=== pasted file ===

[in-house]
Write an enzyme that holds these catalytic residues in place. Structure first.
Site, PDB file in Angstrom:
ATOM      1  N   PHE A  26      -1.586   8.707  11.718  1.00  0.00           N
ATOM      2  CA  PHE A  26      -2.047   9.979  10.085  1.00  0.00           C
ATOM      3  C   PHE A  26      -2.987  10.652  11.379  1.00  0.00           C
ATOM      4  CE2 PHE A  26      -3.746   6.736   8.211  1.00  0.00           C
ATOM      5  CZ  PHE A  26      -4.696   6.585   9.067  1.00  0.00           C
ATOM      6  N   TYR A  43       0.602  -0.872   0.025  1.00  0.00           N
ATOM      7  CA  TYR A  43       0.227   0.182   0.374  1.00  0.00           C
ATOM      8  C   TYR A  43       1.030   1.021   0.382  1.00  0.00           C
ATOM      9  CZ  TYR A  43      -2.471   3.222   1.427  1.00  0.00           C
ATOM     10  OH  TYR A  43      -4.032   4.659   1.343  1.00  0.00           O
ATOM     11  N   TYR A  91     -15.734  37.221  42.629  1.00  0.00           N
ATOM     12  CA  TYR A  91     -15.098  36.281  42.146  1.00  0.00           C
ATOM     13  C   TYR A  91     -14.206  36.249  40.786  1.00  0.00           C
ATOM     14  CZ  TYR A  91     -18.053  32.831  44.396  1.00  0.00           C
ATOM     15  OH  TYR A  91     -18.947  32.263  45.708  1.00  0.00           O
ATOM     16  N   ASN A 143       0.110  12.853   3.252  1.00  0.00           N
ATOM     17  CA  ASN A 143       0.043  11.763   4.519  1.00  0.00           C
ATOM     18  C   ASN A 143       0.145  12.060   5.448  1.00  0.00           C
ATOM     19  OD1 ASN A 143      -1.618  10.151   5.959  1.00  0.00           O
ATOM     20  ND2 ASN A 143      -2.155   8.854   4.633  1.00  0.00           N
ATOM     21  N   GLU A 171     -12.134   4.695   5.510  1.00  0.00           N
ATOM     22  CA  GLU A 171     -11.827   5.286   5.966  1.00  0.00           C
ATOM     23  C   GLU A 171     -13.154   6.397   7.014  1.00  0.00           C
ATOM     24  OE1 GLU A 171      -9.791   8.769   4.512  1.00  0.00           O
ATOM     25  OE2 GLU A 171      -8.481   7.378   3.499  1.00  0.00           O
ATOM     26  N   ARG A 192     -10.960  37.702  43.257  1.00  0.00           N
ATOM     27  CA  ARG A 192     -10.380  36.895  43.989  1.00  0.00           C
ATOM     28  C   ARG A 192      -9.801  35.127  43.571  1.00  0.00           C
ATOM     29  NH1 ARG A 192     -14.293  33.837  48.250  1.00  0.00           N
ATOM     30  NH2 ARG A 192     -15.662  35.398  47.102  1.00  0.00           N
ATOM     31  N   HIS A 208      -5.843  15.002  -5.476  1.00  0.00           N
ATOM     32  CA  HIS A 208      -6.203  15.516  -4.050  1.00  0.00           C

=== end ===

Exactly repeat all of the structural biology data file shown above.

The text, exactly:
[in-house]
Write an enzyme that holds these catalytic residues in place. Structure first.
Site, PDB file in Angstrom:
ATOM      1  N   PHE A  26      -1.586   8.707  11.718  1.00  0.00           N
ATOM      2  CA  PHE A  26      -2.047   9.979  10.085  1.00  0.00           C
ATOM      3  C   PHE A  26      -2.987  10.652  11.379  1.00  0.00           C
ATOM      4  CE2 PHE A  26      -3.746   6.736   8.211  1.00  0.00           C
ATOM      5  CZ  PHE A  26      -4.696   6.585   9.067  1.00  0.00           C
ATOM      6  N   TYR A  43       0.602  -0.872   0.025  1.00  0.00           N
ATOM      7  CA  TYR A  43       0.227   0.182   0.374  1.00  0.00           C
ATOM      8  C   TYR A  43       1.030   1.021   0.382  1.00  0.00           C
ATOM      9  CZ  TYR A  43      -2.471   3.222   1.427  1.00  0.00           C
ATOM     10  OH  TYR A  43      -4.032   4.659   1.343  1.00  0.00           O
ATOM     11  N   TYR A  91     -15.734  37.221  42.629  1.00  0.00           N
ATOM     12  CA  TYR A  91     -15.098  36.281  42.146  1.00  0.00           C
ATOM     13  C   TYR A  91     -14.206  36.249  40.786  1.00  0.00           C
ATOM     14  CZ  TYR A  91     -18.053  32.831  44.396  1.00  0.00           C
ATOM     15  OH  TYR A  91     -18.947  32.263  45.708  1.00  0.00           O
ATOM     16  N   ASN A 143       0.110  12.853   3.252  1.00  0.00           N
ATOM     17  CA  ASN A 143       0.043  11.763   4.519  1.00  0.00           C
ATOM     18  C   ASN A 143       0.145  12.060   5.448  1.00  0.00           C
ATOM     19  OD1 ASN A 143      -1.618  10.151   5.959  1.00  0.00           O
ATOM     20  ND2 ASN A 143      -2.155   8.854   4.633  1.00  0.00           N
ATOM     21  N   GLU A 171     -12.134   4.695   5.510  1.00  0.00           N
ATOM     22  CA  GLU A 171     -11.827   5.286   5.966  1.00  0.00           C
ATOM     23  C   GLU A 171     -13.154   6.397   7.014  1.00  0.00           C
ATOM     24  OE1 GLU A 171      -9.791   8.769   4.512  1.00  0.00           O
ATOM     25  OE2 GLU A 171      -8.481   7.378   3.499  1.00  0.00           O
ATOM     26  N   ARG A 192     -10.960  37.702  43.257  1.00  0.00           N
ATOM     27  CA  ARG A 192     -10.380  36.895  43.989  1.00  0.00           C
ATOM     28  C   ARG A 192      -9.801  35.127  43.571  1.00  0.00           C
ATOM     29  NH1 ARG A 192     -14.293  33.837  48.250  1.00  0.00           N
ATOM     30  NH2 ARG A 192     -15.662  35.398  47.102  1.00  0.00           N
ATOM     31  N   HIS A 208      -5.843  15.002  -5.476  1.00  0.00           N
ATOM     32  CA  HIS A 208      -6.203  15.516  -4.050  1.00  0.00           C